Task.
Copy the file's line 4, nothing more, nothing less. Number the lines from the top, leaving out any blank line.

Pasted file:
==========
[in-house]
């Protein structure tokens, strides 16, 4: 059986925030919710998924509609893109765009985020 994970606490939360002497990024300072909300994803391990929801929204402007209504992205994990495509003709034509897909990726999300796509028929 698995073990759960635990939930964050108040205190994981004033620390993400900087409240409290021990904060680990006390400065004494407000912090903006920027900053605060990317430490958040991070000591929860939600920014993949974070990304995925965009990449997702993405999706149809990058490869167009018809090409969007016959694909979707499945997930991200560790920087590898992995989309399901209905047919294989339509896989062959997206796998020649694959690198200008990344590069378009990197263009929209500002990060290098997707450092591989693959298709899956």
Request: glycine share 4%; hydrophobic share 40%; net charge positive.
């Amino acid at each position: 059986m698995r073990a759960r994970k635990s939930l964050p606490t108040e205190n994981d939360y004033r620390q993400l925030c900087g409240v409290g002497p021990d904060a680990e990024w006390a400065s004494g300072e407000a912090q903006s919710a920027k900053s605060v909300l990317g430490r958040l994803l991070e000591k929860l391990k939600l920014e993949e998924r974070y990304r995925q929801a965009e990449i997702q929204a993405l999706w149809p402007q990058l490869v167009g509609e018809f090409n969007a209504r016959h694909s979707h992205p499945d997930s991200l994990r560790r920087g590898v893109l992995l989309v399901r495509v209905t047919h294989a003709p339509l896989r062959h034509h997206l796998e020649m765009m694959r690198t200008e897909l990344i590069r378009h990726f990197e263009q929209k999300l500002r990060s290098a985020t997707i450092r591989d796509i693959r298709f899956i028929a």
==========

């Amino acid at each position: 059986m698995r073990a759960r994970k635990s939930l964050p606490t108040e205190n994981d939360y004033r620390q993400l925030c900087g409240v409290g002497p021990d904060a680990e990024w006390a400065s004494g300072e407000a912090q903006s919710a920027k900053s605060v909300l990317g430490r958040l994803l991070e000591k929860l391990k939600l920014e993949e998924r974070y990304r995925q929801a965009e990449i997702q929204a993405l999706w149809p402007q990058l490869v167009g509609e018809f090409n969007a209504r016959h694909s979707h992205p499945d997930s991200l994990r560790r920087g590898v893109l992995l989309v399901r495509v209905t047919h294989a003709p339509l896989r062959h034509h997206l796998e020649m765009m694959r690198t200008e897909l990344i590069r378009h990726f990197e263009q929209k999300l500002r990060s290098a985020t997707i450092r591989d796509i693959r298709f899956i028929a």